Now that brings me to all my other holdings. The more cyclical, resource based companies. Historically, I’ve been pretty good at buying (and mediocre at selling) but how do you know when to sell. Who hell the hell knows? But if you want my opinion on it I think that oil and gas stocks are going to be range bound for the next little while. So after writing this I’m going to take a good hard look at TLM and decide if selling some might be in order.

Remember you don’t make anything until you sell and there is no shame in taking a profit.

(Disclaimer: I’m not your boss or your spouse so do you own research and make your opinions on when to buy or sell. Nothing I say should be bastardized or construed in any way to be advice.)

Friday, January 19, 2007

Jan 18 - 2007 Retirement Nest Egg

Retirement Nestegg as of the close on Jan 18th, 2007.

Here is the breakdown

TRP 4.63%
ABX 4.31%
CSH.UN 3.75%
GWO 5.43%
PFE 5.06%
POW 4.19%
BA.UN 0.40%
L 4.60%
TLM 4.05%
UNS 2.90%
GZ 3.03%
TD 14.27%
American Growth Fund 1.20%
CDN Value Fund 4.13%
Small Cap Growth Fund 3.97%
Deep Value Fund 11.70%
Health Science Fund 1.01%
Bond (9% yield)6.02%
Money Market Fund 15.34%

From now on I'll probably only update the networth at the end of each month.

Wednesday, January 17, 2007

My Retirement Philosophy

Unlike most people my goal for retirement isn’t to sail around the world, discover myself, read the classics, volunteer at a worthy charity or even travel (to tell you the truth - I like where I live and would be happy if I never ventured more than 50 miles from my home (ever), and instead spent all my time visiting friends, family, cooking/eating, camping, fishing, watching movies and of course following the market). My goal is to retire early and live a typical middle class lifestyle (without having to work anymore). Globe trotting and expensive toys/dinners are not for me.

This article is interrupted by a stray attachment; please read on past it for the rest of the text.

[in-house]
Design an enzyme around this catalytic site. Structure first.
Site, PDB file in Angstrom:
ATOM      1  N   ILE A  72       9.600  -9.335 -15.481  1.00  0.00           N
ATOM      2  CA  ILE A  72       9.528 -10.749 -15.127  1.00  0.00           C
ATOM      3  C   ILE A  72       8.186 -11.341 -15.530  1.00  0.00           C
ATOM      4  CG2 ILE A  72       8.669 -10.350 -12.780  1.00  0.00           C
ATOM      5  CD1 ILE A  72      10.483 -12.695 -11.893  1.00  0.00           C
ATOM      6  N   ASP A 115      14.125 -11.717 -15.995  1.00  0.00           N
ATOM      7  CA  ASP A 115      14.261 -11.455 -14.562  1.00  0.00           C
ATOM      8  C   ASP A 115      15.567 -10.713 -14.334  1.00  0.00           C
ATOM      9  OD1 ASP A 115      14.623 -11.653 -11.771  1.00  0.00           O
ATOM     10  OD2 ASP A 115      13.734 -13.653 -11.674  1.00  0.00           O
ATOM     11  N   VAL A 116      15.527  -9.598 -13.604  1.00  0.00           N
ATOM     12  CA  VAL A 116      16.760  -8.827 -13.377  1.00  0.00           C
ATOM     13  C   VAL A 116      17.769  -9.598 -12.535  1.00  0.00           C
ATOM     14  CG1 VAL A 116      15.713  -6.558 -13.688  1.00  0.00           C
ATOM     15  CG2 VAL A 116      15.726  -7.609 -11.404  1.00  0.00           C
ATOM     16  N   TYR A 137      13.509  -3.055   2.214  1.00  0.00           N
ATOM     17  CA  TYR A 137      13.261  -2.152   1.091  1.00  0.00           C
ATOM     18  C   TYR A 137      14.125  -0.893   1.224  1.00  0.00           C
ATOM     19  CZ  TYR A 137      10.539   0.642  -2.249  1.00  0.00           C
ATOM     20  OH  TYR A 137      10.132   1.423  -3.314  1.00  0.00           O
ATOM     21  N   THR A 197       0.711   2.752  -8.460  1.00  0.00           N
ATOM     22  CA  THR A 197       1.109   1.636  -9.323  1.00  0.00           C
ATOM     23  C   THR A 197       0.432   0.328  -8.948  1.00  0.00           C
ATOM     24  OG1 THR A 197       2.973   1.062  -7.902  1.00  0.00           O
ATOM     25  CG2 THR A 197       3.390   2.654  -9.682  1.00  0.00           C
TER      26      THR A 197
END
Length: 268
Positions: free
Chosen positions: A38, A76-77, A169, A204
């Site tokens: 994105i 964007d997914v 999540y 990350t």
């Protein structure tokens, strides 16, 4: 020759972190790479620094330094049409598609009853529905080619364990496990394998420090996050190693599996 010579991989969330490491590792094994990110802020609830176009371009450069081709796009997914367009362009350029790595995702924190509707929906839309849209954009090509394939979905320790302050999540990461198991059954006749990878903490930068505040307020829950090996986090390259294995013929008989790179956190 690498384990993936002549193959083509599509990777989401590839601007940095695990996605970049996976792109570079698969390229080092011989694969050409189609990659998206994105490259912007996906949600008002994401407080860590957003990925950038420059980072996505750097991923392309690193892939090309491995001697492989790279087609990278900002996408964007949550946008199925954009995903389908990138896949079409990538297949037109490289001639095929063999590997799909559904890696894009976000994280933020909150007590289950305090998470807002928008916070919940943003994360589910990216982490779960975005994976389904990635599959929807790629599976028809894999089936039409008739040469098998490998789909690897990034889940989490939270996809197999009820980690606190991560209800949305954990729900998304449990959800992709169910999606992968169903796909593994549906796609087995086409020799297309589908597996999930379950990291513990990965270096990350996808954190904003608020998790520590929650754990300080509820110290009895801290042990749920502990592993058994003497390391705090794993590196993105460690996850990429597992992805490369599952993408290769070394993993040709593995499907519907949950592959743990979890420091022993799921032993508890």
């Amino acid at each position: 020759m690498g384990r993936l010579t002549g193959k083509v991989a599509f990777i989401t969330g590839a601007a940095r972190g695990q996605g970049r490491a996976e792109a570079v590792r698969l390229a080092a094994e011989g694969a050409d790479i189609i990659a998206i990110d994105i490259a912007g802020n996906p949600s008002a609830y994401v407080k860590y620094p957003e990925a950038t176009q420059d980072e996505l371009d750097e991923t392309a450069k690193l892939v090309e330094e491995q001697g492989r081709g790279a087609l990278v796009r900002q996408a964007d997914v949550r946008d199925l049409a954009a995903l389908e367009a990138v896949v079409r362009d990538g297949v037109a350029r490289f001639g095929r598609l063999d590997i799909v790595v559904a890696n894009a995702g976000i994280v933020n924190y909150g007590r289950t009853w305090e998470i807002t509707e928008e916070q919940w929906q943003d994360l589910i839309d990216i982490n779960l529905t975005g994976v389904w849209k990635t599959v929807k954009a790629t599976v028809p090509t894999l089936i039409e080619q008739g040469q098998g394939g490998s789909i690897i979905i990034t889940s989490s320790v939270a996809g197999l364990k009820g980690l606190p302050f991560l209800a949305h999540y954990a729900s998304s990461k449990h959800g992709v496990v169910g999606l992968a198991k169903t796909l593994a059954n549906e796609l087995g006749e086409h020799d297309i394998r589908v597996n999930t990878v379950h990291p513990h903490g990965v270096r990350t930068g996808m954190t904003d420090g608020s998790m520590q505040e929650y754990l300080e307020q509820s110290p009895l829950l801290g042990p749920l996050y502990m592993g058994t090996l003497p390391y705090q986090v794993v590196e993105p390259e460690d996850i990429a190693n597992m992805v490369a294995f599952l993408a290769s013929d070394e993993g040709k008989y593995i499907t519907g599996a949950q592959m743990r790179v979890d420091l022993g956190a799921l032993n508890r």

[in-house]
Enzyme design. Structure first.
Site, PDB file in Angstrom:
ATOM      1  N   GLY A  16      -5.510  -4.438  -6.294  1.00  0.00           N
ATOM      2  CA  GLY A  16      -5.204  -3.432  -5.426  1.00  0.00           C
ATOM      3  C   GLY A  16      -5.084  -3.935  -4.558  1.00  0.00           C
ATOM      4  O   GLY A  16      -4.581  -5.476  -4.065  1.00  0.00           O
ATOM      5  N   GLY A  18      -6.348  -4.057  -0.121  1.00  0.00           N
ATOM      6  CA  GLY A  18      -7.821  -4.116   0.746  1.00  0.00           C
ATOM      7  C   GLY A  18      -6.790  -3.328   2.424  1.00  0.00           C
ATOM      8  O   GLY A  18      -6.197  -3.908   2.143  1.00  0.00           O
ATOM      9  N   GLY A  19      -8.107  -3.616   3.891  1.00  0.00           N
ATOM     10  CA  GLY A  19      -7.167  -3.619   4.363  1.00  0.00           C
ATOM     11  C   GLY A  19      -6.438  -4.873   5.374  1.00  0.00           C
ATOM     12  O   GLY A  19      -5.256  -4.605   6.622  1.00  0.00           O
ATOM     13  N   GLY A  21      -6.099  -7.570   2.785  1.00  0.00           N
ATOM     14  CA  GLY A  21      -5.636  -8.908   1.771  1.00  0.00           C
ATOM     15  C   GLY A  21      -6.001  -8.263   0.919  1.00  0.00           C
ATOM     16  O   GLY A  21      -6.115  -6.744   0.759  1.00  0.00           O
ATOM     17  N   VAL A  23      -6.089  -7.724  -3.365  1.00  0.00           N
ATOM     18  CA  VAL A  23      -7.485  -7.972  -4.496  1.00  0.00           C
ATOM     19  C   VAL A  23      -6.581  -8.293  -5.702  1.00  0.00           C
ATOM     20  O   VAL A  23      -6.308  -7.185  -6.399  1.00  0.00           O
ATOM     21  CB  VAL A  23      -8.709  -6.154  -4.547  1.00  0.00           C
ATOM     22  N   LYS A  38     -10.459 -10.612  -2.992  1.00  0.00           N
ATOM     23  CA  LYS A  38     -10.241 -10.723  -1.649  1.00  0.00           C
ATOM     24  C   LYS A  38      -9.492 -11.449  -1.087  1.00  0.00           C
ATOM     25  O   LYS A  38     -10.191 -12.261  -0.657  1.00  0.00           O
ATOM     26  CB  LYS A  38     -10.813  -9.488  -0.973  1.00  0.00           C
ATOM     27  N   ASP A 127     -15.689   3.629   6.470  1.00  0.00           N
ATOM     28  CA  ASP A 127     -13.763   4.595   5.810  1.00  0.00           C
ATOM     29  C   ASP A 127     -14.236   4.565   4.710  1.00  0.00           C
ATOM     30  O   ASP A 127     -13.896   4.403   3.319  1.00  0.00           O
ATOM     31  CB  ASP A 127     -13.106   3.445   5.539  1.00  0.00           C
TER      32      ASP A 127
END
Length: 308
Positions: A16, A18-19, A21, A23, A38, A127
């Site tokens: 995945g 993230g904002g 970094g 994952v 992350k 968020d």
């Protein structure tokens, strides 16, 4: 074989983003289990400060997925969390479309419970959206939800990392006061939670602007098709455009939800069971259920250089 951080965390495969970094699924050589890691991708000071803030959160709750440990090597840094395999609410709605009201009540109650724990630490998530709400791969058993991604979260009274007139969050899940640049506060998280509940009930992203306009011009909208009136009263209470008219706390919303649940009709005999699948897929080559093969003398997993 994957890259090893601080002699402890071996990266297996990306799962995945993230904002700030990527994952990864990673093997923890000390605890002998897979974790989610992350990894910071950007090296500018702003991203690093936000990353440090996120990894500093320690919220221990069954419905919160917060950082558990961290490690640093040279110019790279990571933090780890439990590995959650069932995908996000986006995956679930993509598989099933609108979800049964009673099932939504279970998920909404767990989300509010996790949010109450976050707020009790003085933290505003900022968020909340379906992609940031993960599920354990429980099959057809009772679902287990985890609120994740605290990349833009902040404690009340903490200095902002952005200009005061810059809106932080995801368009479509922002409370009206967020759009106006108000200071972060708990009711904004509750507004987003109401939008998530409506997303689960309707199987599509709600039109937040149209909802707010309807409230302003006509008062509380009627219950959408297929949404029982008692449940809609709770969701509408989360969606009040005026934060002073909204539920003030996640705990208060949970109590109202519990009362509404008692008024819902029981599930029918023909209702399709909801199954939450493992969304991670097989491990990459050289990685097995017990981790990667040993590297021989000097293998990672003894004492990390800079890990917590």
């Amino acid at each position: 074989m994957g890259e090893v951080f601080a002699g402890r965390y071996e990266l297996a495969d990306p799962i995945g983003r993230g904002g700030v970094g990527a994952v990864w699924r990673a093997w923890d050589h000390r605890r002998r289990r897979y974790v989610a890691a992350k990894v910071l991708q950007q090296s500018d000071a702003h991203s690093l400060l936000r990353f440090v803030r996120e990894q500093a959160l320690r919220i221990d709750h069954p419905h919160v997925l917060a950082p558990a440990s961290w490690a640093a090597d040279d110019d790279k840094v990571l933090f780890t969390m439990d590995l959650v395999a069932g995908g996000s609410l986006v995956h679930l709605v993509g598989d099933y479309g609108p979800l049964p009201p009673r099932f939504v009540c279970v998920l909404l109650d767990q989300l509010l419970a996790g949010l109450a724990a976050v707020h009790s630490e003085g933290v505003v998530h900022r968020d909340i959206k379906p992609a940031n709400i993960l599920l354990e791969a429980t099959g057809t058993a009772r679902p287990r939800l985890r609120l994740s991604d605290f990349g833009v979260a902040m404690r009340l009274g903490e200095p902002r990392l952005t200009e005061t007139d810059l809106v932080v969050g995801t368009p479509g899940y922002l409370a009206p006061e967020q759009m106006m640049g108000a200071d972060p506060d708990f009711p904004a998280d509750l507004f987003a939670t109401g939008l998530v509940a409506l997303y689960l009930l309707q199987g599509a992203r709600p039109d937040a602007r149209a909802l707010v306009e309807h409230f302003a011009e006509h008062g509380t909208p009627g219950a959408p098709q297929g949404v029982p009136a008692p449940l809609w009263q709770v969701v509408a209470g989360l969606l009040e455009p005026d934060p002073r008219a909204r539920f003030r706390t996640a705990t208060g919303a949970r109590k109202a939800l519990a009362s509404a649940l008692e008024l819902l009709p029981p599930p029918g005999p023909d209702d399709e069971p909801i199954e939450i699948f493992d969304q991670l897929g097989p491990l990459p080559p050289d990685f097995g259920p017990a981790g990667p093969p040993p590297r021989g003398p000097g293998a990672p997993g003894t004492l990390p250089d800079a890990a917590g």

Now some of you ambitious big spenders out there must be wondering “Why on earth would you want to aim for average?” Now I’ve been asked that before, so I have a good and simple answer: well… (drum roll) the reason is that I don’t have expensive needs or hobbies and absolutely love my lifestyle (except for the working thing). I don’t want a lavish retirement and personally don’t see the point of working until 65 saving a huge pile of money and retiring in “luxury”. Instead, I have chosen to aim to retire at 40 live more modestly than the 65 year olds that have built a huge nest egg, but because of my relatively simple needs I would get more benefit from an additional 25 years of retirement than I would from annual vacations from 65 to 75 year old (health permitting). In my opinion 25 extra years of freedom/time flexibility is worth more than an extra star in the review of the hotel I stay at between 65 and 75. Now here’s where I get the “jaded” or “pessimist” accusations…I know I know many of you are saying “why do you keep saying 65 to 75? Why not 65 to 95?” well before I’m labeled as a pessimist I’d just like to say that I do fully expect to live to 95 (partly from the reduced stress of being retired early) but from observation --- after 75 most people have given up (or reduced) most of their expensive hobbies/activities as they age from their mid seventies to their eighties (ie- the need for: globe trotting, world traveling, walking in/cleaning their huge house, driving new expensive cars seems to fade with age). Now I’m not saying that old people have less fun I’m just saying that for any number of reason (health or just don’t care about keeping up with the Jones anymore) as people reach their senior years their needs seem to become simpler and therefore less expensive. I can certainly relate to this and have already been told by friends that I am “the oldest young guy they have ever met”. (which of course I take as a complement)